Home News Mozilla and Opera Removes Avast and AVG Firefox and Opera Extensions

Mozilla and Opera Removes Avast and AVG Firefox and Opera Extensions

If you’re using the Avast Online Security, AVG Online Security, Avast SafePrice, or AVG SafePrice extensions in your browser of choice, stop. Avast is collecting user data, for this reason Mozilla removed all four extensions from its add-on site. Opera has also removed them.

A report from ZDNet states that the data harvesting was discovered by Wladimir Palant, creator of the Adblock Plus extension. In October Palant published an article about it and labeled Avast’s browser extension as Spyware.

Another post by Palant confirms that both Mozilla and Opera have removed Avast’s extensions from their sites; they remain on Google Chrome.

Another product of concern is the Avast Secure Browser, which has the Avast Online Security extension installed by default and hidden from the extension listing. If you use that browser, your data is being collected, Palant says.

Palant believes that Avast is using the technology of a company they acquired in 2013 called Jumpshot. This company collected very detailed data from millions of online users.

An Avast spokesperson said the following concerning this: “The Avast Online Security extension is a security tool that protects users online, including from infected websites and phishing attacks … It is necessary for this service to collect the URL history to deliver its expected functionality. Avast does this without collecting or storing a user’s identification. We have already implemented some of Mozilla’s new requirements and will release further updated versions that are fully compliant and transparent per the new requirements… These will be available as usual on the Mozilla store in the near future.”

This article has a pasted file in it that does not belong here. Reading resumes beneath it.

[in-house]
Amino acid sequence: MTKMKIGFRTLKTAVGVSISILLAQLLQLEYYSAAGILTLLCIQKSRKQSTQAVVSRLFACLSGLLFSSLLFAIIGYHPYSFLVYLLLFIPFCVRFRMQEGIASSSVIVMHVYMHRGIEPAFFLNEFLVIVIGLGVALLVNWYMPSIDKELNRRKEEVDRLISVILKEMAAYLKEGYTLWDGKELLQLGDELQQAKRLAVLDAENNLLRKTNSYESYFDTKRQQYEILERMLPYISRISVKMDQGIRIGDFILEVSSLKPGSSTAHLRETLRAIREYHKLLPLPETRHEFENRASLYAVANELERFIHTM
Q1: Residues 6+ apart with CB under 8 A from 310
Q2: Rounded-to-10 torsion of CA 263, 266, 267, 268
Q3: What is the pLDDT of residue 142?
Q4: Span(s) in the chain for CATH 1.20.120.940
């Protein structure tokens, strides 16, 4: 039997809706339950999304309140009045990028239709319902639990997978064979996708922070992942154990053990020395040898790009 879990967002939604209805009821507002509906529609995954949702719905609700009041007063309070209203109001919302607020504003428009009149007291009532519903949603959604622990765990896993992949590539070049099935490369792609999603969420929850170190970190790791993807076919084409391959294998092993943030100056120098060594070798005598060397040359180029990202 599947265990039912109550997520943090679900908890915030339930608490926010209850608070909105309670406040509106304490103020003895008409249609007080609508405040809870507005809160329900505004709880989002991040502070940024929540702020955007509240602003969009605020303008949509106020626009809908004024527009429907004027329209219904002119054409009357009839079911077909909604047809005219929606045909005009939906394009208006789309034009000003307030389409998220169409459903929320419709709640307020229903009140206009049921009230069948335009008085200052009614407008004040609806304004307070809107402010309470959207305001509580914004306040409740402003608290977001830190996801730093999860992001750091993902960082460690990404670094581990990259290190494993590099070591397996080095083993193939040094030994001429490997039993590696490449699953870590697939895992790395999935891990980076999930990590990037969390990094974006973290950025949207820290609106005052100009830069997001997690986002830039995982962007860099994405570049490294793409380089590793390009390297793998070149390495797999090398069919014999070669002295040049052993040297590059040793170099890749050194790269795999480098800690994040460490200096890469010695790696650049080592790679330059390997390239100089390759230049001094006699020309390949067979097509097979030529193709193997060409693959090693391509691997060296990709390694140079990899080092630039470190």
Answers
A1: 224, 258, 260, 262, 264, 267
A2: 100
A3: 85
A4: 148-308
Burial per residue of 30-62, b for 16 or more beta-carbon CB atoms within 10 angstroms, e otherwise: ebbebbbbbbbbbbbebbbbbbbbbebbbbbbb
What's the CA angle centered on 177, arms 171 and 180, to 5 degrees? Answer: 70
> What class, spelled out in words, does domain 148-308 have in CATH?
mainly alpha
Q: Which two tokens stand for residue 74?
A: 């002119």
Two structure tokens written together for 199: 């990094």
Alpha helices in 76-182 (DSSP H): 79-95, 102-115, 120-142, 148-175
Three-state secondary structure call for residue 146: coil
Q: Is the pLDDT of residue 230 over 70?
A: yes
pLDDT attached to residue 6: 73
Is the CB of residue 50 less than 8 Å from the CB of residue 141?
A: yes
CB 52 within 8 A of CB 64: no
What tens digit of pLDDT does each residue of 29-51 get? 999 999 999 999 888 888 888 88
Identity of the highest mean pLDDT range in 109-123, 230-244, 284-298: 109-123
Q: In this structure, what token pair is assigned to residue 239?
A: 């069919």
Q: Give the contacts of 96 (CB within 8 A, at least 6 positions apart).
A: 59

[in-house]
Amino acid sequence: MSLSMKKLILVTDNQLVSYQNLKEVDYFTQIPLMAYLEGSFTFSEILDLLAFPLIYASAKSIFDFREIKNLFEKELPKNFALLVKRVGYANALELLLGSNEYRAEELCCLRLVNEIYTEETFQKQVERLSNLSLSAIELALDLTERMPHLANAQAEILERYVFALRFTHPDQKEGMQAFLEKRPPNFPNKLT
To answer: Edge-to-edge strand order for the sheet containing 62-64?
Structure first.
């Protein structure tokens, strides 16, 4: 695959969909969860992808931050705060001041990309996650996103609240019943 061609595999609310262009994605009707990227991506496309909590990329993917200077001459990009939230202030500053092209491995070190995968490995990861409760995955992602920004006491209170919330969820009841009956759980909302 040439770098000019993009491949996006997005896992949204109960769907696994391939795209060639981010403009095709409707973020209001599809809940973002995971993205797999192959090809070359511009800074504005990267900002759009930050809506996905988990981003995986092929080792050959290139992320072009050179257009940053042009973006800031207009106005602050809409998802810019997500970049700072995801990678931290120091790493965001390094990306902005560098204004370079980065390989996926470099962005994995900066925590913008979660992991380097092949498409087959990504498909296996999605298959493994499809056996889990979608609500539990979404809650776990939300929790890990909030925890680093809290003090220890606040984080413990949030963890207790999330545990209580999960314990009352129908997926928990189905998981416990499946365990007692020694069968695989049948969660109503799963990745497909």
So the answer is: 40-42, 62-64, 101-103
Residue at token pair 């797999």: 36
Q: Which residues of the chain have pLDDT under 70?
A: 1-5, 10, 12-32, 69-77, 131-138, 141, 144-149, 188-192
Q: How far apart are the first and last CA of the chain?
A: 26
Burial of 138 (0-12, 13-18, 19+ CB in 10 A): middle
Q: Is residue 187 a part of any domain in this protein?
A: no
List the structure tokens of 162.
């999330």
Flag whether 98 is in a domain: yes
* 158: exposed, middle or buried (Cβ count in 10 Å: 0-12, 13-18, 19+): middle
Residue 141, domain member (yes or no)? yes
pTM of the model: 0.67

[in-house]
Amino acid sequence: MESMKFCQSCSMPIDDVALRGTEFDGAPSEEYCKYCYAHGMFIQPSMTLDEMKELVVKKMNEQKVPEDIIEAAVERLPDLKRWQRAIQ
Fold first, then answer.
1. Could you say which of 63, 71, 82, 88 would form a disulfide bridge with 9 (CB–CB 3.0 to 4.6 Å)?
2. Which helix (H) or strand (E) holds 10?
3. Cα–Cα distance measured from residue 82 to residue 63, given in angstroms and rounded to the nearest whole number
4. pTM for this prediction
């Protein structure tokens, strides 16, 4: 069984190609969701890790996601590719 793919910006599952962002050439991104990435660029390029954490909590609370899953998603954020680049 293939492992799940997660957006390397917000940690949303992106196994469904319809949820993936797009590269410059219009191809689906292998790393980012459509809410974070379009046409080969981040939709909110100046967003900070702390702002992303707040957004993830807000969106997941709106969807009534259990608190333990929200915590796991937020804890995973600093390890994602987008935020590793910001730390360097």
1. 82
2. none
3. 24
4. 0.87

When Palant looked at the data being sent to Avast’s servers he found it included the full address of the page visited, the page title, address of the referrer page, identifier for the window and tab ID loading the page, how you got to the page (bookmark, typed address, etc.), if you have visited the page before, country code, two different unique user IDs, browser type, and operating system used including version number. Other fields existed, including IP address and a hardware identifier, but they were unused at the time of review.

Richard Sabinohttp://itspecialistdr.com
I like to share Information Technology News and how-to tips with all the people around me. I created this blog to reach the most people I can.


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